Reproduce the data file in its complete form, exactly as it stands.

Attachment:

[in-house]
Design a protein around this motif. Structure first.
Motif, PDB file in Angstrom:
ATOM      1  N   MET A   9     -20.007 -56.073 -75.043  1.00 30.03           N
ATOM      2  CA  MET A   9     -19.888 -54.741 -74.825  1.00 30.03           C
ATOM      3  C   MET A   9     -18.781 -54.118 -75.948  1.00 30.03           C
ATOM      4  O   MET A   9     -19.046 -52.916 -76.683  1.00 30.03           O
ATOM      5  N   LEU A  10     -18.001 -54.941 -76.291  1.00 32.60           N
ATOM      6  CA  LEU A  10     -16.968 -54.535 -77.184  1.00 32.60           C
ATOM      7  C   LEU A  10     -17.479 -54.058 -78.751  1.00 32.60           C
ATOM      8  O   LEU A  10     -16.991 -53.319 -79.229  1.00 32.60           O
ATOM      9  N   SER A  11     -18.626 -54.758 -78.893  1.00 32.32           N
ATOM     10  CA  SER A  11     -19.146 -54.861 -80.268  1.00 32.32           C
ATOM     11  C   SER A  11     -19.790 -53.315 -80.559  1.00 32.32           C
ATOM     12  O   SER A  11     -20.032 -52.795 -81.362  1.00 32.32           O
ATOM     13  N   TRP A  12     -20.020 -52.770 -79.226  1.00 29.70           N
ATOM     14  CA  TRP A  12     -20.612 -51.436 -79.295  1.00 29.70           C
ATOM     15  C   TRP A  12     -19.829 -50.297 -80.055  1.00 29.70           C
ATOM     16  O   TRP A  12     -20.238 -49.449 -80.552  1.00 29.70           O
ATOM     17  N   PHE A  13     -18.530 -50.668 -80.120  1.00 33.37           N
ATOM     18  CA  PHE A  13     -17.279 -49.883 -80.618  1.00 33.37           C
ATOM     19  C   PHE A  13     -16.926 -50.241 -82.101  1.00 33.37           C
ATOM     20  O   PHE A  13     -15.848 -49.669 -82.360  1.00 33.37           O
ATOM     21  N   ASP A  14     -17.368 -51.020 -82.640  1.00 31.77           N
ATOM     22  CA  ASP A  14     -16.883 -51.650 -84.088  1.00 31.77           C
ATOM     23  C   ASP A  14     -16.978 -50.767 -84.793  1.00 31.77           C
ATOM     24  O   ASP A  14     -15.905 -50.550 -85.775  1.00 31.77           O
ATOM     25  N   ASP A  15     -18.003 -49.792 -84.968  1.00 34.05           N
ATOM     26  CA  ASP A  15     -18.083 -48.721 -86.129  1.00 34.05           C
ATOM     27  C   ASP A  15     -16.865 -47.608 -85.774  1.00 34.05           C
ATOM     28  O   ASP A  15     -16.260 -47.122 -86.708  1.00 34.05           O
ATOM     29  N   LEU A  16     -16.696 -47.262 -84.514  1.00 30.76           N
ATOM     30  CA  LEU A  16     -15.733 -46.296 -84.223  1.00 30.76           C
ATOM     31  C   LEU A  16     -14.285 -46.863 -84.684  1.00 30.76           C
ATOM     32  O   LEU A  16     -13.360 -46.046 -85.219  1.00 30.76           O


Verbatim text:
[in-house]
Design a protein around this motif. Structure first.
Motif, PDB file in Angstrom:
ATOM      1  N   MET A   9     -20.007 -56.073 -75.043  1.00 30.03           N
ATOM      2  CA  MET A   9     -19.888 -54.741 -74.825  1.00 30.03           C
ATOM      3  C   MET A   9     -18.781 -54.118 -75.948  1.00 30.03           C
ATOM      4  O   MET A   9     -19.046 -52.916 -76.683  1.00 30.03           O
ATOM      5  N   LEU A  10     -18.001 -54.941 -76.291  1.00 32.60           N
ATOM      6  CA  LEU A  10     -16.968 -54.535 -77.184  1.00 32.60           C
ATOM      7  C   LEU A  10     -17.479 -54.058 -78.751  1.00 32.60           C
ATOM      8  O   LEU A  10     -16.991 -53.319 -79.229  1.00 32.60           O
ATOM      9  N   SER A  11     -18.626 -54.758 -78.893  1.00 32.32           N
ATOM     10  CA  SER A  11     -19.146 -54.861 -80.268  1.00 32.32           C
ATOM     11  C   SER A  11     -19.790 -53.315 -80.559  1.00 32.32           C
ATOM     12  O   SER A  11     -20.032 -52.795 -81.362  1.00 32.32           O
ATOM     13  N   TRP A  12     -20.020 -52.770 -79.226  1.00 29.70           N
ATOM     14  CA  TRP A  12     -20.612 -51.436 -79.295  1.00 29.70           C
ATOM     15  C   TRP A  12     -19.829 -50.297 -80.055  1.00 29.70           C
ATOM     16  O   TRP A  12     -20.238 -49.449 -80.552  1.00 29.70           O
ATOM     17  N   PHE A  13     -18.530 -50.668 -80.120  1.00 33.37           N
ATOM     18  CA  PHE A  13     -17.279 -49.883 -80.618  1.00 33.37           C
ATOM     19  C   PHE A  13     -16.926 -50.241 -82.101  1.00 33.37           C
ATOM     20  O   PHE A  13     -15.848 -49.669 -82.360  1.00 33.37           O
ATOM     21  N   ASP A  14     -17.368 -51.020 -82.640  1.00 31.77           N
ATOM     22  CA  ASP A  14     -16.883 -51.650 -84.088  1.00 31.77           C
ATOM     23  C   ASP A  14     -16.978 -50.767 -84.793  1.00 31.77           C
ATOM     24  O   ASP A  14     -15.905 -50.550 -85.775  1.00 31.77           O
ATOM     25  N   ASP A  15     -18.003 -49.792 -84.968  1.00 34.05           N
ATOM     26  CA  ASP A  15     -18.083 -48.721 -86.129  1.00 34.05           C
ATOM     27  C   ASP A  15     -16.865 -47.608 -85.774  1.00 34.05           C
ATOM     28  O   ASP A  15     -16.260 -47.122 -86.708  1.00 34.05           O
ATOM     29  N   LEU A  16     -16.696 -47.262 -84.514  1.00 30.76           N
ATOM     30  CA  LEU A  16     -15.733 -46.296 -84.223  1.00 30.76           C
ATOM     31  C   LEU A  16     -14.285 -46.863 -84.684  1.00 30.76           C
ATOM     32  O   LEU A  16     -13.360 -46.046 -85.219  1.00 30.76           O